Criticism (the constructive kind) is necessary in an artist's life because it is quite simply one of the best ways to improve our work. We should actively seek ways to better our skills, not only in terms of technique, but in how well we are able to engage and connect with the public. Even though most of us create in solitude, we do it with the purpose of eventually sharing our art with the world.
Not everyone will react favorably, of course, but we should keep creating for those people that do find themselves in our work.
How to Take Criticism Like a Champ
Taking criticism is hard for anybody. However, as artists, we most frequently create in solitude and do not share responsibilities with anyone other but ourselves. This can make the experience a lot more personal and harder to deal with. Here are 10 tips that will help you receive and digest other people's comments in an effective way.
Read my blog post titled Self-Doubt as an Artist: How to Stay Confident and Keep Going.
How to Critique Artwork Intelligently
In his essay The Psychology of the Critic and Psychological Criticism (1962), author Philip Weissman argues that an art critic needs to have knowledge in the field in order to make a judgement. I'm including this final section because I want to encourage people to share their opinions about art in an intelligent, substantiated way that shows appreciation and leads to positive growth. Constructive criticism is based on facts, and only after proper analysis can judgement be made. Negative opinions void of any objective reasoning should be ignored.
I will be using Edmund Feldman's method of critiquing for the purpose of this explanation. His proposed system involves four steps: description, analysis, interpretation and judgement. You will notice how the first two steps of the process are the study of objective facts found within an artwork and the second half is more subjective in the sense that they require the participant to make connections, reflect and finally share a personal opinion.
As an example, I will apply Feldman's method of critiquing to the following masterpiece by the great Edward Hopper:
-This piece is titled Nighthawks and it was created by American painter Edward Hopper in 1942, amidst the socio-political turmoil caused by the ongoing World War 2. It is also important to note that Hopper lived through the Great Depression, which was an extremely hard economic time for many countries.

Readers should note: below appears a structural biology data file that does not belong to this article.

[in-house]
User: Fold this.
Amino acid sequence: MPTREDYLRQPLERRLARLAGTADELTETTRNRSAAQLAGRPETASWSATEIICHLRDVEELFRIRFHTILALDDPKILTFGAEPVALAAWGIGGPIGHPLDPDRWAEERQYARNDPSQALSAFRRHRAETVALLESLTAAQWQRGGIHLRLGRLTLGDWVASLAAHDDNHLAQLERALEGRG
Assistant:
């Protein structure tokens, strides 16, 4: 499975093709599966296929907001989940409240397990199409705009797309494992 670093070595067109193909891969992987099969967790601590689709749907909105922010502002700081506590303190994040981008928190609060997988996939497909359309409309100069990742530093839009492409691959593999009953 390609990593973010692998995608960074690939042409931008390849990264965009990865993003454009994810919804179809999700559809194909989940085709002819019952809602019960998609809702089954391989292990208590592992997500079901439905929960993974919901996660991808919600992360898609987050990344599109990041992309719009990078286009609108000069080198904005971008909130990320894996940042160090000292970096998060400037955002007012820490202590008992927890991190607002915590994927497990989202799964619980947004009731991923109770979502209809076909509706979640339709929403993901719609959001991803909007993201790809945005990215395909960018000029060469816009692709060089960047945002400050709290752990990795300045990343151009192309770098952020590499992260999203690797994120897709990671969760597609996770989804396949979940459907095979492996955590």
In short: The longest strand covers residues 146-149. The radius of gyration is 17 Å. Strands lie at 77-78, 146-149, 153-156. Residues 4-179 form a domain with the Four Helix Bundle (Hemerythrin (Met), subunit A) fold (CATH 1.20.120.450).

-The scene is very American and set within Hopper's time judging by architectural design and the dressing style of the subjects. It portrays a sense of everyday life in an American city.
-Hopper has mentioned that he was inspired by a particular diner in Greenwich Village, where he lived and worked from the time he was 31 until his death. However, it is not meant to be a direct representation and, by the lack of detail, one gets the sense that it could be any diner in any city.
-The medium used was oil paint and the style is quite realistic but not heavily detailed.
-In terms of Elements of Art, what strike out most are use of color, shape, space, form and line.
-One could say that the subject of the piece is the diner itself. However, inside it we can see four different characters. Our eyes gravitate towards the only woman included in the piece, due to the bright color of her clothes and hair. Hers is the only face we can see almost completely.
-The composition in itself is quite simple but is visually very engaging.
-The composition is divided into thirds and the diner takes up approximately two thirds of the entire area.
-The use of color in this piece is quite striking. The bright yellow hue used inside the diner, which creates the effect of fluorescent lighting, contrasts with the colors outside of it and provides emphasis on this area of the painting, where the subjects are located.